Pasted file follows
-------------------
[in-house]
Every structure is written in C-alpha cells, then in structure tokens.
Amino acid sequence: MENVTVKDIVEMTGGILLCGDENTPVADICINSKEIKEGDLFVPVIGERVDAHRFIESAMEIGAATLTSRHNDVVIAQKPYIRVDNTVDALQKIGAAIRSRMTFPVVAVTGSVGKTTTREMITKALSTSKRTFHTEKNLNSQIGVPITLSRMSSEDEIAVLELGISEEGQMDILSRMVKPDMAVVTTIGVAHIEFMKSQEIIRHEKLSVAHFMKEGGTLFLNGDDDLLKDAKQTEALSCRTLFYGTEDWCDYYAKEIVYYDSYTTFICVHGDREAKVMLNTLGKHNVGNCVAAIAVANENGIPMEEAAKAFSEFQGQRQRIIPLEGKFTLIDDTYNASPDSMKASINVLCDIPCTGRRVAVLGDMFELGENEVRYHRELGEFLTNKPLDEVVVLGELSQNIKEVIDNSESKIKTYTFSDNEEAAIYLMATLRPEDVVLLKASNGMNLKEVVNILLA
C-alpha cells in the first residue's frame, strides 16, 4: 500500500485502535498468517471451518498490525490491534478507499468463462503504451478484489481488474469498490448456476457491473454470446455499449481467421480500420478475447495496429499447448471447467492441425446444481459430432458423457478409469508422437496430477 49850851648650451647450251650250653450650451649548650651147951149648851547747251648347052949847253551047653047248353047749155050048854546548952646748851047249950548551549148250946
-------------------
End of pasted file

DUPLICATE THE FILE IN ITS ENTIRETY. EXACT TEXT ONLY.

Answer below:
[in-house]
Every structure is written in C-alpha cells, then in structure tokens.
Amino acid sequence: MENVTVKDIVEMTGGILLCGDENTPVADICINSKEIKEGDLFVPVIGERVDAHRFIESAMEIGAATLTSRHNDVVIAQKPYIRVDNTVDALQKIGAAIRSRMTFPVVAVTGSVGKTTTREMITKALSTSKRTFHTEKNLNSQIGVPITLSRMSSEDEIAVLELGISEEGQMDILSRMVKPDMAVVTTIGVAHIEFMKSQEIIRHEKLSVAHFMKEGGTLFLNGDDDLLKDAKQTEALSCRTLFYGTEDWCDYYAKEIVYYDSYTTFICVHGDREAKVMLNTLGKHNVGNCVAAIAVANENGIPMEEAAKAFSEFQGQRQRIIPLEGKFTLIDDTYNASPDSMKASINVLCDIPCTGRRVAVLGDMFELGENEVRYHRELGEFLTNKPLDEVVVLGELSQNIKEVIDNSESKIKTYTFSDNEEAAIYLMATLRPEDVVLLKASNGMNLKEVVNILLA
C-alpha cells in the first residue's frame, strides 16, 4: 500500500485502535498468517471451518498490525490491534478507499468463462503504451478484489481488474469498490448456476457491473454470446455499449481467421480500420478475447495496429499447448471447467492441425446444481459430432458423457478409469508422437496430477 49850851648650451647450251650250653450650451649548650651147951149648851547747251648347052949847253551047653047248353047749155050048854546548952646748851047249950548551549148250946